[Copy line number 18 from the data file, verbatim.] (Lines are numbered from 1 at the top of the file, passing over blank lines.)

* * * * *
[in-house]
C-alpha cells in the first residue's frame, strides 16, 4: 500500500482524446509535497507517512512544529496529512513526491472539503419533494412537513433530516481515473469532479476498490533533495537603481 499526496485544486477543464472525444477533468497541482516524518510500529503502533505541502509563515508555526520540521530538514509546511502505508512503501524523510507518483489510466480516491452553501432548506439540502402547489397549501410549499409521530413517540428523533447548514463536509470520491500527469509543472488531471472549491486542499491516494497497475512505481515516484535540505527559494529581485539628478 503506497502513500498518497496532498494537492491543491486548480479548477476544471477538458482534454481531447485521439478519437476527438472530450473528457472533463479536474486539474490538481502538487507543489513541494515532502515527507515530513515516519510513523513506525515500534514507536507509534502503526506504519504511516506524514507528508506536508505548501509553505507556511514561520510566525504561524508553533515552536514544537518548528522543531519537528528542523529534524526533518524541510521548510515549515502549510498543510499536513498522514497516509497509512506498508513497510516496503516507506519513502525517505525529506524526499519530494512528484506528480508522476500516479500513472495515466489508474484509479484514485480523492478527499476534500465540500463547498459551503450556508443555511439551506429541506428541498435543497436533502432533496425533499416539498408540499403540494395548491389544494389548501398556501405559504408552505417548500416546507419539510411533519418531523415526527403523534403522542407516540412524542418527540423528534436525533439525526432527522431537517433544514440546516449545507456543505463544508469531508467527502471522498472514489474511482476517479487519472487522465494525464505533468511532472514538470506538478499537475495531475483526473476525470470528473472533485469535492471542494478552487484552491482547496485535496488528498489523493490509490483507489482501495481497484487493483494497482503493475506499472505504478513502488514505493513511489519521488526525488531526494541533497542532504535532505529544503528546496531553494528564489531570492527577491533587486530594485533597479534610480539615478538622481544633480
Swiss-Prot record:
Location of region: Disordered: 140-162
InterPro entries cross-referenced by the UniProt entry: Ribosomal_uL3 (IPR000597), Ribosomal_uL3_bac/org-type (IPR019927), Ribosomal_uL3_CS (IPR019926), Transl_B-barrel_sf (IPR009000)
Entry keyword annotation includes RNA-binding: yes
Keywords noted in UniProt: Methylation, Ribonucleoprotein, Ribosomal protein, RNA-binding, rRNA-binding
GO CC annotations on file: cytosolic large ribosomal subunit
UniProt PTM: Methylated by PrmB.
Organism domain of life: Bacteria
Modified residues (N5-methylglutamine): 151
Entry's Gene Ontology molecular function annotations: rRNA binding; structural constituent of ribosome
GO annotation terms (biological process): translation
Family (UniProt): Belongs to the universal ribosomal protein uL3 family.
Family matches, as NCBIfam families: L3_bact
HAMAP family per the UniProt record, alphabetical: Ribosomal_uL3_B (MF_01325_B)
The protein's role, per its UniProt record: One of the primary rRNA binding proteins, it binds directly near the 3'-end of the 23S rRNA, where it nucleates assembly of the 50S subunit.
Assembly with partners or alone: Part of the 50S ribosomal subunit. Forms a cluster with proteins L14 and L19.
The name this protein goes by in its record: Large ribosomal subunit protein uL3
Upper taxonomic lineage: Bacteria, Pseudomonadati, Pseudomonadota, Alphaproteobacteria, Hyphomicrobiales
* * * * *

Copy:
Assembly with partners or alone: Part of the 50S ribosomal subunit. Forms a cluster with proteins L14 and L19.